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Prescription of antibiotics at the point of care is very high in Southeast Asia. Simple tests can help health workers determine which patients actually need antibiotics, but we need to ensure that the benefits and advantages are clearly explained. In the long term, those tests could represent a sustainable alternative to the massive prescription of antibiotics in developing countries.

My name is Thomas Althaus, I’m a DPhil candidate at Oxford University but based in Southeast Asia. I’ve been mainly involved in a clinical trial based in Myanmar and northern Thailand with the objective to guide antibiotic prescription in primary care.

Prescription of antibiotics in Southeast Asia is major. We consider this region the epicentre of antibiotic prescription in the world and the immediate consequence of this massive antibiotic prescription is the mutation of bacteria to resistant strains. Primary care represents the major source of this antibiotic prescription and this is the reason why I was so interested in targeting primary care because it reaches a large amount of people in the community and at the same time there is no tool available to identify patients in need of antibiotics.

You have to understand that a typical health worker in primary care isn’t a doctor: it’s a nurse with limited clinical training, with probably more than one hundred patients a day. Health workers are facing a difficult, challenging question and they have no tool to answer this question. Fever can be caused by different pathogens. When a fever is caused by a virus, it doesn’t need an antibiotic to be treated. We call this treatment symptomatic, it means that you only need, for example, some paracetamol to control the fever and the body will handle the viral infection itself. On the opposite way, we also need to help identify patients who have an infection that requires an antibiotic, bacterial infection for example; you can die from a bacterial infection if you do not have antibiotics.

The CRP rapid test is very simple per se. It’s a test that tells you when to give an antibiotic or not. You can however imagine that patients might not be willing to comply to this test if they do not understand what it is. As an example, we were extremely surprised to see a patient asking for an antibiotic despite a negative test, because it took him a day to reach the facility and in terms of cost of transportation that was also very high for him. You cannot just simply expect people to comply to your prescription without explaining the test. What are the benefits and advantages of what we are doing, and this implies to know and to understand our population. It’s not about saying that antibiotics are bad; antibiotics are extremely useful but they’re precious and it’s a scarce resource we need to control. So it’s not a race to find new drugs, it’s a race to slow down the pace of antibiotic prescription.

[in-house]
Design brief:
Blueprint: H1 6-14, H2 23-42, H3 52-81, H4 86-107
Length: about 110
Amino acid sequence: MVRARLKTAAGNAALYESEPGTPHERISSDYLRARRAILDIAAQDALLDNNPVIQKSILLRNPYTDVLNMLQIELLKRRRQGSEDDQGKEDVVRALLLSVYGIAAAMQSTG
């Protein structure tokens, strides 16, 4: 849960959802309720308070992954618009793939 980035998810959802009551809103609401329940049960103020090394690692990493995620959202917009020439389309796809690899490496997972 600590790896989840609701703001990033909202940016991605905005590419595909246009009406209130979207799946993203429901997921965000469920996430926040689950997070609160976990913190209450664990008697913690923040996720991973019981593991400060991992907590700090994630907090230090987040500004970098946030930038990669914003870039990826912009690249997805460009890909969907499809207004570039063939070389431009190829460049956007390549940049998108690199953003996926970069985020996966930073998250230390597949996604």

Diagnosing malaria is extremely simple and cheap. We have rapid tests available everywhere for almost nothing and because of those tests being more and more negative because the disease is getting eliminated, we are now facing this new challenge that is once my malaria test is negative, what do I do with my patients? How can I manage a patient without malaria, with a fever? How can I figure out without having any access to laboratory if this patient needs an antibiotic or not? We also know that the most effective and funded research project trying to screen and to look for every pathogen do not discover more than let’s say 50% of the causes of fever. This means that even though you use your best diagnostic tool to investigate those causes of fever, in 50% of the cases you will never know what they have.

We know that antibiotic prescription in primary care is around 70% in Asia on average and bacterial infections should represent around 20%, so there’s a huge potential impact to have on health at this level of care. With such impact for such small investments, we could also allocate a bit of it to these no specific illness tests that could save a lot of lives and at the same time immediately impact antibiotic prescription at the point of care.

This interview was recorded in March 2018

Thomas Althaus

Dr Thomas Althaus is a member of the Economic & Translational Research Group at MORU. He focuses on antimicrobial resistance, particularly the validation of point-of-care tests for inflammatory biomarkers. Those tests aim to guide the prescription of antibiotics in febrile patients attending primary healthcare settings in remote Southeast Asia.

Translational Medicine

From bench to bedside

Ultimately, medical research must translate into improved treatments for patients. At the Nuffield Department of Medicine, our researchers collaborate to develop better health care, improved quality of life, and enhanced preventative measures for all patients. Our findings in the laboratory are translated into changes in clinical practice, from bench to bedside.